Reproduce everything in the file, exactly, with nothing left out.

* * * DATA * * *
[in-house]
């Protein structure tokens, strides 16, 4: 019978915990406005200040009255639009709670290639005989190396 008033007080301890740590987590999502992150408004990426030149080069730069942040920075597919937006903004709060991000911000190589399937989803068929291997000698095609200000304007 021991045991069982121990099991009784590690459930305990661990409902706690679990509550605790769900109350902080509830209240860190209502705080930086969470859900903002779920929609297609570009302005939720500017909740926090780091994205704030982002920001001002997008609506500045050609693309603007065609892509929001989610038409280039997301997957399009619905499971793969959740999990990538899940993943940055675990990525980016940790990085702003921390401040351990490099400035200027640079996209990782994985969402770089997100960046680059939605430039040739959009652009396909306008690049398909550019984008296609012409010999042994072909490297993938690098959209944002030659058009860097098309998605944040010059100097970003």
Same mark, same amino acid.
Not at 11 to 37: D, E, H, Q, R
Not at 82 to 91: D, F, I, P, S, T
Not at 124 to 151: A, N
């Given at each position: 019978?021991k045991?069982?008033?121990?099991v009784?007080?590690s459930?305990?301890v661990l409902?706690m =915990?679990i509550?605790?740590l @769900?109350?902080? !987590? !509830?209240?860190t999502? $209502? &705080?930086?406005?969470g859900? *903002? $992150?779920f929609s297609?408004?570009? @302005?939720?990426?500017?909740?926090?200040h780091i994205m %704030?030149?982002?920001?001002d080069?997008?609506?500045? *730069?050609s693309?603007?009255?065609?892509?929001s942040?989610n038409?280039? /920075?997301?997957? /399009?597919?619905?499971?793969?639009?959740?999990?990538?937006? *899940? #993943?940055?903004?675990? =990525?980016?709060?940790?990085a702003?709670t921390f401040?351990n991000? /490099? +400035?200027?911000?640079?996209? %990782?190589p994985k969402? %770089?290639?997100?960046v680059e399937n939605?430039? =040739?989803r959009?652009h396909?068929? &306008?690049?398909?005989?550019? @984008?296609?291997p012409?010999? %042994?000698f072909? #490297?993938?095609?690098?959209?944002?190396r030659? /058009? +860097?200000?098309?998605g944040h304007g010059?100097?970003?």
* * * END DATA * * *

[in-house]
């Protein structure tokens, strides 16, 4: 019978915990406005200040009255639009709670290639005989190396 008033007080301890740590987590999502992150408004990426030149080069730069942040920075597919937006903004709060991000911000190589399937989803068929291997000698095609200000304007 021991045991069982121990099991009784590690459930305990661990409902706690679990509550605790769900109350902080509830209240860190209502705080930086969470859900903002779920929609297609570009302005939720500017909740926090780091994205704030982002920001001002997008609506500045050609693309603007065609892509929001989610038409280039997301997957399009619905499971793969959740999990990538899940993943940055675990990525980016940790990085702003921390401040351990490099400035200027640079996209990782994985969402770089997100960046680059939605430039040739959009652009396909306008690049398909550019984008296609012409010999042994072909490297993938690098959209944002030659058009860097098309998605944040010059100097970003």
Same mark, same amino acid.
Not at 11 to 37: D, E, H, Q, R
Not at 82 to 91: D, F, I, P, S, T
Not at 124 to 151: A, N
């Given at each position: 019978?021991k045991?069982?008033?121990?099991v009784?007080?590690s459930?305990?301890v661990l409902?706690m =915990?679990i509550?605790?740590l @769900?109350?902080? !987590? !509830?209240?860190t999502? $209502? &705080?930086?406005?969470g859900? *903002? $992150?779920f929609s297609?408004?570009? @302005?939720?990426?500017?909740?926090?200040h780091i994205m %704030?030149?982002?920001?001002d080069?997008?609506?500045? *730069?050609s693309?603007?009255?065609?892509?929001s942040?989610n038409?280039? /920075?997301?997957? /399009?597919?619905?499971?793969?639009?959740?999990?990538?937006? *899940? #993943?940055?903004?675990? =990525?980016?709060?940790?990085a702003?709670t921390f401040?351990n991000? /490099? +400035?200027?911000?640079?996209? %990782?190589p994985k969402? %770089?290639?997100?960046v680059e399937n939605?430039? =040739?989803r959009?652009h396909?068929? &306008?690049?398909?005989?550019? @984008?296609?291997p012409?010999? %042994?000698f072909? #490297?993938?095609?690098?959209?944002?190396r030659? /058009? +860097?200000?098309?998605g944040h304007g010059?100097?970003?």